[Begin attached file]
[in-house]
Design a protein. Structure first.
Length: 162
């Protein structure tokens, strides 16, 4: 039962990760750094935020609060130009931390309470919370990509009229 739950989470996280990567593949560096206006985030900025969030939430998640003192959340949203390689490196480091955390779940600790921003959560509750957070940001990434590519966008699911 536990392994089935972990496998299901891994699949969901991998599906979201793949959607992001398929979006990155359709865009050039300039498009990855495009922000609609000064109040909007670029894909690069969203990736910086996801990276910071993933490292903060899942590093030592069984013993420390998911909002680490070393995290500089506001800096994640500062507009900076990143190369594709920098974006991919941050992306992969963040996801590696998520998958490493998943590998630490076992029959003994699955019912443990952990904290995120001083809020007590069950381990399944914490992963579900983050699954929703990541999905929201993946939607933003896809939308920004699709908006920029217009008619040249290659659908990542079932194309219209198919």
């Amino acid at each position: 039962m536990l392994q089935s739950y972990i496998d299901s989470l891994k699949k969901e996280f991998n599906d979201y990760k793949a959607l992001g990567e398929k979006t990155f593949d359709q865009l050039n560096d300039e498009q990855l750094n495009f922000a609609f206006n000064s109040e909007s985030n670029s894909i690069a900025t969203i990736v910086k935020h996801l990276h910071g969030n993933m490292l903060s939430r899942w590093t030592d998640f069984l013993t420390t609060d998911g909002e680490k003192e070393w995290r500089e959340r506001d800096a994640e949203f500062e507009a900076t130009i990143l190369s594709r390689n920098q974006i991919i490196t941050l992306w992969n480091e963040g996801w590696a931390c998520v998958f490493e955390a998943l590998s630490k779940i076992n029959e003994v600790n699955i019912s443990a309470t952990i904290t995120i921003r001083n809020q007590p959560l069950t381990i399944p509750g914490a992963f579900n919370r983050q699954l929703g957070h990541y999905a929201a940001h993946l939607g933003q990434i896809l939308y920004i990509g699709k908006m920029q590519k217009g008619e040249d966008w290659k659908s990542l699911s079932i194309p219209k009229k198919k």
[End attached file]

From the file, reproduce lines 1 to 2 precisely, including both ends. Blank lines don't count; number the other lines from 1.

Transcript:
[in-house]
Design a protein. Structure first.